At West Virginia, football is spelled — and played — without a D.
That was proven on Saturday, when the Mountaineers beat Baylor, 70-63.
You read that right … 10 touchdowns to nine touchdowns.
How bad was it? The 63 points were the most given up by a West Virginia defense in 108 years.
That’s not a decade. That’s a century, plus eight.
Fielding Yost had one of his point-a-minute offenses at Michigan. WVU had an offense that would score no points in losing, 130-0.
That’s how bad it was. You might put it this way:
An empty bus pulled up to Mountaineer Field at Milan Puskar Stadium Saturday and the West Virginia defense got off.
There’s no way to get around it, not even in the midst of a victory celebration in the first game the Mountaineers ever played in the Big 12, a festive day with a rollicking sellout crowd that sat in a blue and gold color scheme 60,012 strong.
How best to put it?
Seventy points almost weren’t enough.
A spectacular one-hand catch by J.D. Woods of one of the few bad passes thrown by Geno Smith in the fourth quarter to salvage a first down saved the day. If not, who knows how many points might have been scored by Baylor?
And you knew if they would score again, so would West Virginia, for that’s the way it was in this game.
“To say that the defenses didn’t play very well is an understatement,” understated WVU head coach Dana Holgorsen.
The 133 points scored was a school record for a game WVU played in. The ball was snapped 180 times and the two teams combined for 1,507 yards — 15 times up and down the football field from goal line to goal line.
Geno Smith passed for 656 yards with 45 completions, eight of them for touchdowns … and it didn’t salt away the game.
Not with Baylor quarterback Nick Florence completing 29 of 47 passes for 581 yards and five touchdowns himself.
You don’t see numbers like that in Madden football.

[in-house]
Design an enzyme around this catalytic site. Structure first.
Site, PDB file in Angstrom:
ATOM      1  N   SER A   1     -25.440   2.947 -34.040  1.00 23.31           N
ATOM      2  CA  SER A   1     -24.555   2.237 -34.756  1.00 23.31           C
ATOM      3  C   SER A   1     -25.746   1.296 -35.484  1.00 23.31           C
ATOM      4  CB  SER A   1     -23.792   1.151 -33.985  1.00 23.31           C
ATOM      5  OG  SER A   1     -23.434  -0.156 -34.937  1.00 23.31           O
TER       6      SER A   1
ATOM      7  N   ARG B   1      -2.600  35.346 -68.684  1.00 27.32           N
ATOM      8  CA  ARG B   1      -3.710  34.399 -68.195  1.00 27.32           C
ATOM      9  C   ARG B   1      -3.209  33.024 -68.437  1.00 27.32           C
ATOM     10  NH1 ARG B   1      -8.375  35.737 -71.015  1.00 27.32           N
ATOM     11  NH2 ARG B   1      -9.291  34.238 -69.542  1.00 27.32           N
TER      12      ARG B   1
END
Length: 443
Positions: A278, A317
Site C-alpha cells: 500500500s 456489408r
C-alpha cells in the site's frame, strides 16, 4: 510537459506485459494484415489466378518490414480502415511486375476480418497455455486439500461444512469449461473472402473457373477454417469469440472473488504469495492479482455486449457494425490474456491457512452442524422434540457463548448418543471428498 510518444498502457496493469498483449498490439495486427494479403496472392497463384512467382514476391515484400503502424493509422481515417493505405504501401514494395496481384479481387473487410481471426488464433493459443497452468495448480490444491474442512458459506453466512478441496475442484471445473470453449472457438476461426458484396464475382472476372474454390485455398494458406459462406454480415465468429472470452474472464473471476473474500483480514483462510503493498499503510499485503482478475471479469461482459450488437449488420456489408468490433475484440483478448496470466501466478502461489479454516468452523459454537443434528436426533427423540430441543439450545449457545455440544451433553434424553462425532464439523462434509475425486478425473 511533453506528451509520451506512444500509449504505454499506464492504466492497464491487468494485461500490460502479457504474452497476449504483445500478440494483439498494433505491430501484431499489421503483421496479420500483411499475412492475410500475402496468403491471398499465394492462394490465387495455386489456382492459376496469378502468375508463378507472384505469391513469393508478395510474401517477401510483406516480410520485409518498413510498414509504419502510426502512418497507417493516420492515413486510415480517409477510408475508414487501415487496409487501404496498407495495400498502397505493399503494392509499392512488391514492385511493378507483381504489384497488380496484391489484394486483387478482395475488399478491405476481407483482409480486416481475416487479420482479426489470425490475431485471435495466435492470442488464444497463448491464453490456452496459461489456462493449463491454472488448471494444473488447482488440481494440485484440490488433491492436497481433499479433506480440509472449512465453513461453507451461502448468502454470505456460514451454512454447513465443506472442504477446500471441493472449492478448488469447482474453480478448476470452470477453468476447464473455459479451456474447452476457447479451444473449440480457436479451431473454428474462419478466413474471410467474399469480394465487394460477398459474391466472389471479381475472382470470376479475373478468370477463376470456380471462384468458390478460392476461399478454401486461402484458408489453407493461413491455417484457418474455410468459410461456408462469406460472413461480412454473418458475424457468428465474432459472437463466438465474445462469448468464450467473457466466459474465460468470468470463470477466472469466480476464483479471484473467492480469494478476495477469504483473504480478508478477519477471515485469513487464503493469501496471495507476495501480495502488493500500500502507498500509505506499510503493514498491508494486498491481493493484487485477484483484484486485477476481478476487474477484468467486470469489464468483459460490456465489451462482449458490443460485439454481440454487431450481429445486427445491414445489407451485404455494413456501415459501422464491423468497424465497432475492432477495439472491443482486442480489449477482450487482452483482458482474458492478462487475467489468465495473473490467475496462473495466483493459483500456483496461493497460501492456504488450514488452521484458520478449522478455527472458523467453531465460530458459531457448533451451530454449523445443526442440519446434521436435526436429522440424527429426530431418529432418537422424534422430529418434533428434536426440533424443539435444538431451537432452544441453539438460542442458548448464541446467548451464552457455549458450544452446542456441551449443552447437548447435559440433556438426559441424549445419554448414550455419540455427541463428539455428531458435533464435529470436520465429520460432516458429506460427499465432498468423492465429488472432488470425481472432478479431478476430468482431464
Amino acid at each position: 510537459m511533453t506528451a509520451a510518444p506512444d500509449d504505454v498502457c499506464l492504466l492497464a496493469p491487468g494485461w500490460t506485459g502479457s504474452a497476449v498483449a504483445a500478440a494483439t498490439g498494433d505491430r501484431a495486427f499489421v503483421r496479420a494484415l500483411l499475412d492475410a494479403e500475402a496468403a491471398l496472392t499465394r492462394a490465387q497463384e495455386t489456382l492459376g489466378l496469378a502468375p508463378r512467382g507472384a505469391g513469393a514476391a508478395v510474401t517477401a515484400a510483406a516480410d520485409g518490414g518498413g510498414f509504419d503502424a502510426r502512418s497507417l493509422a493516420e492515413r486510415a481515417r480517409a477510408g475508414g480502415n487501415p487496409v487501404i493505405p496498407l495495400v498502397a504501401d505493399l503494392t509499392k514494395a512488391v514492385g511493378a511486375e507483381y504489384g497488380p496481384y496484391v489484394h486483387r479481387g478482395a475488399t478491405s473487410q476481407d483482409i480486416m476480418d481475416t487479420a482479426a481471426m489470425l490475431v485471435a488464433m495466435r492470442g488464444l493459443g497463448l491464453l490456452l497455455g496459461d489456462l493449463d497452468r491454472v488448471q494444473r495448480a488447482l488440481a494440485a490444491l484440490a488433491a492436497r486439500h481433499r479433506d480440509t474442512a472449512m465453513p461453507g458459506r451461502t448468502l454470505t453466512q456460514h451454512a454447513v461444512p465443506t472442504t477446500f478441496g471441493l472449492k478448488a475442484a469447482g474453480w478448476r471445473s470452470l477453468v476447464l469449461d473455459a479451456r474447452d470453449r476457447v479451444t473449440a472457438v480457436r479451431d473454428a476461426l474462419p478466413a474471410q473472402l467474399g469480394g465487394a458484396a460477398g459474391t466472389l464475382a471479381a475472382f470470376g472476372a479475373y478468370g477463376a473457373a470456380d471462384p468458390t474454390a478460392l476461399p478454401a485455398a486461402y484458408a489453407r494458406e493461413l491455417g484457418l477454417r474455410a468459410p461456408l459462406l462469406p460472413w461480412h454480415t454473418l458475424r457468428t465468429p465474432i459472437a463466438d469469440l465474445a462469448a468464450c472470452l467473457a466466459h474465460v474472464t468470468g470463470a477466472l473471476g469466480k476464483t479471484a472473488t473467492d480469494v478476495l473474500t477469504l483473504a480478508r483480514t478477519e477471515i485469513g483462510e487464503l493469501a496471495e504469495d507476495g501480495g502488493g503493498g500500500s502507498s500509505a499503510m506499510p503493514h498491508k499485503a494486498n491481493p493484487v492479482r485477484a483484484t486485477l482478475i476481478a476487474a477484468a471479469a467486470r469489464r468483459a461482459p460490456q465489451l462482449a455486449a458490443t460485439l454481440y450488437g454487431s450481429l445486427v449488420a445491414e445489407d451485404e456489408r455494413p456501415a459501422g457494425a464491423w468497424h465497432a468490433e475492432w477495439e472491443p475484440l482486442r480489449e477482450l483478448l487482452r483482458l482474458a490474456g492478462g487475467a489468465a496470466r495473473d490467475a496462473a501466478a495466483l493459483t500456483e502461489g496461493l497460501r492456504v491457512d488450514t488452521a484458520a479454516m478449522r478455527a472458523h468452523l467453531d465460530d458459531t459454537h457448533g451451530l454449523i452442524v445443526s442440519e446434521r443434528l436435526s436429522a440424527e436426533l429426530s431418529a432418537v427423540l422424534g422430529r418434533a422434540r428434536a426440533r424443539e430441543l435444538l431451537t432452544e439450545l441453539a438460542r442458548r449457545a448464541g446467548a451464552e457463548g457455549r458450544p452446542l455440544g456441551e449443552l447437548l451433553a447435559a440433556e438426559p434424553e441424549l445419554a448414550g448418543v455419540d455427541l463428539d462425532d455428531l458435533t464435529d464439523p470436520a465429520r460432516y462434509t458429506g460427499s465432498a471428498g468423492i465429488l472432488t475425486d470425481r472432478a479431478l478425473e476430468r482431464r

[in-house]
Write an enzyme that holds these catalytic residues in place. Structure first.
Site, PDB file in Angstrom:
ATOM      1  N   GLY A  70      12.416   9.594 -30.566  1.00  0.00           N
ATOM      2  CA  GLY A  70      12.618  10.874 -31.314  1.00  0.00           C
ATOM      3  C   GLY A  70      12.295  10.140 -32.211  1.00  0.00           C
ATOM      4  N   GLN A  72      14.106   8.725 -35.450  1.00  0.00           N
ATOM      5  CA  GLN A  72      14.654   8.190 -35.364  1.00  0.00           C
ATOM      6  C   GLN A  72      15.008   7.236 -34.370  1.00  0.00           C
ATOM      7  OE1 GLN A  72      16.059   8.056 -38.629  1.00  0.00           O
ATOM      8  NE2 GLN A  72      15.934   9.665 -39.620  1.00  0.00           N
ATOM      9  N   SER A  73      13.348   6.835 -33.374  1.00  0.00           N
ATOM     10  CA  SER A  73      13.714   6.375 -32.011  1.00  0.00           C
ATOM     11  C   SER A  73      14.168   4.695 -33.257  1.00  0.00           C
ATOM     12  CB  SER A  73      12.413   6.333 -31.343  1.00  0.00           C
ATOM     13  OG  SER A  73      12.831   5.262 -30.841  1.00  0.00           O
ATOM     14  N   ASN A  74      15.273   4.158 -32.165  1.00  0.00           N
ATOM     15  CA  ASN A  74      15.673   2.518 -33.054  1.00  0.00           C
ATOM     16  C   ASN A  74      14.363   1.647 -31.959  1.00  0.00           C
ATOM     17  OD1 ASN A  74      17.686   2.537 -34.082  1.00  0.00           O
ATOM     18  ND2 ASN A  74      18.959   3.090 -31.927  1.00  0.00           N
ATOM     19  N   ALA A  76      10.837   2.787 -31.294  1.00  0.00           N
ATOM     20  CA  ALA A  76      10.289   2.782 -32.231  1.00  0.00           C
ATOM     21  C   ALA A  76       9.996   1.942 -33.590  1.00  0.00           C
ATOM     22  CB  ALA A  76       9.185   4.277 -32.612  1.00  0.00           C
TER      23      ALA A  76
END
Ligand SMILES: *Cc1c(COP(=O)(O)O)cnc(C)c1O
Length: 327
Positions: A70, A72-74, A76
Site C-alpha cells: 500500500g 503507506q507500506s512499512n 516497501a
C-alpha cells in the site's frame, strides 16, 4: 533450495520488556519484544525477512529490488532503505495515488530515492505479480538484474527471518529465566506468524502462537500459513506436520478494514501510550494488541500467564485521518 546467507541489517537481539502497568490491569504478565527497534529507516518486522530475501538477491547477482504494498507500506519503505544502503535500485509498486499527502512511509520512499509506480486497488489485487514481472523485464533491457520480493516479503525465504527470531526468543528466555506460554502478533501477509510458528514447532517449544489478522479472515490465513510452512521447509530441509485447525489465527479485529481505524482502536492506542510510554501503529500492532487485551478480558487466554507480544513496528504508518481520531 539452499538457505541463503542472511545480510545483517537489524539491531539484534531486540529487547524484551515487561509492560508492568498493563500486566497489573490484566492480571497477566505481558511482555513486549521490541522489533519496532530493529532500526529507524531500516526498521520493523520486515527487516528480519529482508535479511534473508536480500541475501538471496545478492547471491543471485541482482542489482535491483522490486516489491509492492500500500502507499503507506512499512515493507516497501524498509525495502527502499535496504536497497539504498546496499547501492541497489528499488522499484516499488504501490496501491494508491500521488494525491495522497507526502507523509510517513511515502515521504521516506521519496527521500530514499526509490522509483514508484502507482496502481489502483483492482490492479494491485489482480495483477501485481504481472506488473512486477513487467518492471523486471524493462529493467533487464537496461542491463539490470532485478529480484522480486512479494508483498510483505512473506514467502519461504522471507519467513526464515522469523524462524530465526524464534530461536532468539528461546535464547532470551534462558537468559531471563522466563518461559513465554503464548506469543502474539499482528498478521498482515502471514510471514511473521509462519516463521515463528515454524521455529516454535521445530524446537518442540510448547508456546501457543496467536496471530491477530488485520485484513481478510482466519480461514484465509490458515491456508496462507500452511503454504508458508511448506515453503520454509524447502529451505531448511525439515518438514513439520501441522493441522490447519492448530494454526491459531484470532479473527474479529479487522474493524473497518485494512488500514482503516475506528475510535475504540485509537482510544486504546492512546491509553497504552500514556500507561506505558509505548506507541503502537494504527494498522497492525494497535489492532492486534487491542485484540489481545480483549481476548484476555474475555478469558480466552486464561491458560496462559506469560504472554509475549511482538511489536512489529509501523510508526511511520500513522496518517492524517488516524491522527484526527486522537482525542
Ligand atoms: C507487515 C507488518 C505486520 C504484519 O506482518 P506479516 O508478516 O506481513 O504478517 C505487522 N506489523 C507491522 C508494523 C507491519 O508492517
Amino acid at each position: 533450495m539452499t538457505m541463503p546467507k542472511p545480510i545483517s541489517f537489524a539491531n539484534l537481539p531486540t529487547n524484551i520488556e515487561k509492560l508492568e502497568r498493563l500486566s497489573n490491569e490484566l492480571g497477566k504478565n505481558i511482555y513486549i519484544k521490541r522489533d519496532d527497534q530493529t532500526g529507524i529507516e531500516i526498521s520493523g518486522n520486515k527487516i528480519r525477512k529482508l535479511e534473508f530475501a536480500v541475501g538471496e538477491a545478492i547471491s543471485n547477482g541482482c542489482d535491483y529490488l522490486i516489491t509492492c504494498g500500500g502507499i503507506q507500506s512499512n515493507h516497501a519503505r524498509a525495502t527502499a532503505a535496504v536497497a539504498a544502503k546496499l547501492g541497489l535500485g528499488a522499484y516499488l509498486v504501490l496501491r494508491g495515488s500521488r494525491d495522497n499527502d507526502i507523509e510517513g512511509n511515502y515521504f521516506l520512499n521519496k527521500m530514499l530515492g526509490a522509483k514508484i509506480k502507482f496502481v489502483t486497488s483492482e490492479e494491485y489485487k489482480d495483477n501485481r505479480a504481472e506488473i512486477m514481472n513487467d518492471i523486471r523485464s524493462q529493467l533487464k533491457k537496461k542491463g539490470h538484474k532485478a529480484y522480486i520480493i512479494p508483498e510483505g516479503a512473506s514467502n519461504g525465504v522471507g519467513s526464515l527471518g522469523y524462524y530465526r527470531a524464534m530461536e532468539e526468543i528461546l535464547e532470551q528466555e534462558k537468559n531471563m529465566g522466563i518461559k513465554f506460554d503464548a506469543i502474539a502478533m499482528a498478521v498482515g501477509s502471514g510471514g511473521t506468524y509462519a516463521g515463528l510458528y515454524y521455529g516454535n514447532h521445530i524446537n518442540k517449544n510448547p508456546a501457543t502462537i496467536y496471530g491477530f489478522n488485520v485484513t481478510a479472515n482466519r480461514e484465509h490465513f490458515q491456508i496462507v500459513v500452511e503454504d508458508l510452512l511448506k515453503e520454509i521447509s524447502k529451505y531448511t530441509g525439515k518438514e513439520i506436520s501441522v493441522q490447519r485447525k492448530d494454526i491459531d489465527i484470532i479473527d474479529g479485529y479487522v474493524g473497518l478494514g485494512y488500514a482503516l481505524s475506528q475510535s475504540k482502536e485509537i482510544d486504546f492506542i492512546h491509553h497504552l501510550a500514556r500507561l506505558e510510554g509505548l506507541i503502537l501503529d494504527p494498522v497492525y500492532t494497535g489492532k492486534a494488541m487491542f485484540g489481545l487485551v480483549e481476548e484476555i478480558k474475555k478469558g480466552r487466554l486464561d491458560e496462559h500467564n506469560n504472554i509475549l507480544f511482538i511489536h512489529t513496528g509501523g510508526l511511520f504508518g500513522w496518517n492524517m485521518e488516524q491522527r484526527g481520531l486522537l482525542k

How absurd was it? Stedman Bailey caught 13 passes for 303 yards and those weren’t the best receiving numbers in the game, Baylor’s Terrance Williams catching 17 passes for 314 yards … and there is no typo there.
WVU corner Pat Miller was scorched so often that they almost had to take him to the local burn unit.
And Baylor was no better, for five of Bailey’s 13 catches were for touchdowns — five, a school record. What’s more, Tavon Austin caught 14 for 215 yards and two TDs and Woods had another 13 for 114 yards.
Welcome to the Big 12.
It was not a happy Joe DeForest who kindly met with the media in the aftermath of the game, following a strip search to remove all sharp objects from his possession.
He is the defensive coordinator of the Mountaineers.
“Give a lot of credit to Baylor. They made plays. We didn’t. We were in position to make plays and we didn’t make them,” he said.
What else could he say?
“We have to go back and look at the film. We have to make some personnel changes. We have to make better calls. We have to do a better job attacking the ball in the air,” he continued. “The bottom line is they executed better than we did.”
Some of his players tried to defend him.
Safety Darwin Cook, who made a couple more big plays, maybe the only big plays the defense made, put the blame elsewhere.
“We wasn’t clicking,” he said. “We wasn’t tackling. Coach put us in position to make plays. It wasn’t his fault. It was our fault.”
DeForest wouldn’t let the blame go to the players, however.
“I did a poor job of preparing them. I did a poor job of calling the game,” he said.
It was painful watching him out there, facing the music to a song that was terribly off-key, especially when across the room there was an offense coordinator wearing a smile after his team scored 70 points.
It was a poignant moment, seeing the contrast.
“You have to think about the way games go,” Dawson said when the contrast was brought up to him. “You are dealing with 18 and 22-year old kids. A lot of Baylor’s defense is attacking the perimeter. When that happens, if you make one single mistake you will give up a big play.
“It’s like playing against us offensively,” he continued. “In my opinion it’s a learning deal. We’re learning together. There comes a time when we will need them to pick us up. I promise you there will be no finger pointing, not from the players or the coaches. Bottom line, we won the game. That’s it, close the book and look forward to Texas.”
DeForest, too, in the end would not that there was one saving grace to it all.
“A win is a win. We won the game. Do you know how hard … they had won nine straight games. Am I happy about it, absolutely not, but they are the No. 1 offense in the country. We’re 4-0, they’re not.
It’s hard to take as a defensive coach, but maybe this will make us better,” he said.
Yeah, and maybe the moon really is made of cheese.
Email Bob Hertzel at firstname.lastname@example.org or follow on Twitter@bhertzel.
At West Virginia, football is spelled — and played — without a D.
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